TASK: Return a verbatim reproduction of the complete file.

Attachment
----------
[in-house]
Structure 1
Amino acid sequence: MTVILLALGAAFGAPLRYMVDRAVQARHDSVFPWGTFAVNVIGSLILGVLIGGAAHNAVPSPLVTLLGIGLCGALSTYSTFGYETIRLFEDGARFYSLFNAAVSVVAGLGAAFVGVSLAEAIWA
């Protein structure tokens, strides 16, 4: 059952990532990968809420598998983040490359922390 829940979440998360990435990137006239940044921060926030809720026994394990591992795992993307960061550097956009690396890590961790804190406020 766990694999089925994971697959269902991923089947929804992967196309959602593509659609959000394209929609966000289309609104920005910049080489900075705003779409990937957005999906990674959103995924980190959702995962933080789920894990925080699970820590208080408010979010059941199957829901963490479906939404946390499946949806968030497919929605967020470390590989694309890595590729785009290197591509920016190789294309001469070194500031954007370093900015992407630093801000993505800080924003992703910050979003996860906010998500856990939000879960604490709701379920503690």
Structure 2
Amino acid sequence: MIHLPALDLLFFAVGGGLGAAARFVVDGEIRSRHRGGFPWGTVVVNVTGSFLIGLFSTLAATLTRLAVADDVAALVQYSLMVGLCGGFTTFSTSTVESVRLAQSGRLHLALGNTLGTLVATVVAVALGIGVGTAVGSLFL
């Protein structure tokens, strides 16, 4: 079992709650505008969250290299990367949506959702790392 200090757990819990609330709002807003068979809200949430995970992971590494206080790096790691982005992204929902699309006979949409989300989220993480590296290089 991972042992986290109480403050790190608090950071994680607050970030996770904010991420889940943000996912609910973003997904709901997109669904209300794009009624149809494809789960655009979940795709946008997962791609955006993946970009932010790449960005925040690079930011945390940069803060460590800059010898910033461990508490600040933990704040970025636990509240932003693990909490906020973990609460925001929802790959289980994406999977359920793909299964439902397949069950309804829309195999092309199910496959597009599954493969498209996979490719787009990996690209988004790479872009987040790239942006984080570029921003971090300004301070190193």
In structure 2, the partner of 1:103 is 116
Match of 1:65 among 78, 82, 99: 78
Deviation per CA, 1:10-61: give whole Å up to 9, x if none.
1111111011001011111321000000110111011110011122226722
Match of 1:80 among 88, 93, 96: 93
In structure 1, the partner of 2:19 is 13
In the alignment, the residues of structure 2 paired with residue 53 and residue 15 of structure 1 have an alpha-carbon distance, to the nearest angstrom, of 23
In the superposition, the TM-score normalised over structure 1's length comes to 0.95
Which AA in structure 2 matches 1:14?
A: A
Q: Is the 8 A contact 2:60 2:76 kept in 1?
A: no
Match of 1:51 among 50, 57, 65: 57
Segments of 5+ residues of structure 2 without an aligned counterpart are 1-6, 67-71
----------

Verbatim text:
[in-house]
Structure 1
Amino acid sequence: MTVILLALGAAFGAPLRYMVDRAVQARHDSVFPWGTFAVNVIGSLILGVLIGGAAHNAVPSPLVTLLGIGLCGALSTYSTFGYETIRLFEDGARFYSLFNAAVSVVAGLGAAFVGVSLAEAIWA
């Protein structure tokens, strides 16, 4: 059952990532990968809420598998983040490359922390 829940979440998360990435990137006239940044921060926030809720026994394990591992795992993307960061550097956009690396890590961790804190406020 766990694999089925994971697959269902991923089947929804992967196309959602593509659609959000394209929609966000289309609104920005910049080489900075705003779409990937957005999906990674959103995924980190959702995962933080789920894990925080699970820590208080408010979010059941199957829901963490479906939404946390499946949806968030497919929605967020470390590989694309890595590729785009290197591509920016190789294309001469070194500031954007370093900015992407630093801000993505800080924003992703910050979003996860906010998500856990939000879960604490709701379920503690």
Structure 2
Amino acid sequence: MIHLPALDLLFFAVGGGLGAAARFVVDGEIRSRHRGGFPWGTVVVNVTGSFLIGLFSTLAATLTRLAVADDVAALVQYSLMVGLCGGFTTFSTSTVESVRLAQSGRLHLALGNTLGTLVATVVAVALGIGVGTAVGSLFL
């Protein structure tokens, strides 16, 4: 079992709650505008969250290299990367949506959702790392 200090757990819990609330709002807003068979809200949430995970992971590494206080790096790691982005992204929902699309006979949409989300989220993480590296290089 991972042992986290109480403050790190608090950071994680607050970030996770904010991420889940943000996912609910973003997904709901997109669904209300794009009624149809494809789960655009979940795709946008997962791609955006993946970009932010790449960005925040690079930011945390940069803060460590800059010898910033461990508490600040933990704040970025636990509240932003693990909490906020973990609460925001929802790959289980994406999977359920793909299964439902397949069950309804829309195999092309199910496959597009599954493969498209996979490719787009990996690209988004790479872009987040790239942006984080570029921003971090300004301070190193």
In structure 2, the partner of 1:103 is 116
Match of 1:65 among 78, 82, 99: 78
Deviation per CA, 1:10-61: give whole Å up to 9, x if none.
1111111011001011111321000000110111011110011122226722
Match of 1:80 among 88, 93, 96: 93
In structure 1, the partner of 2:19 is 13
In the alignment, the residues of structure 2 paired with residue 53 and residue 15 of structure 1 have an alpha-carbon distance, to the nearest angstrom, of 23
In the superposition, the TM-score normalised over structure 1's length comes to 0.95
Which AA in structure 2 matches 1:14?
A: A
Q: Is the 8 A contact 2:60 2:76 kept in 1?
A: no
Match of 1:51 among 50, 57, 65: 57
Segments of 5+ residues of structure 2 without an aligned counterpart are 1-6, 67-71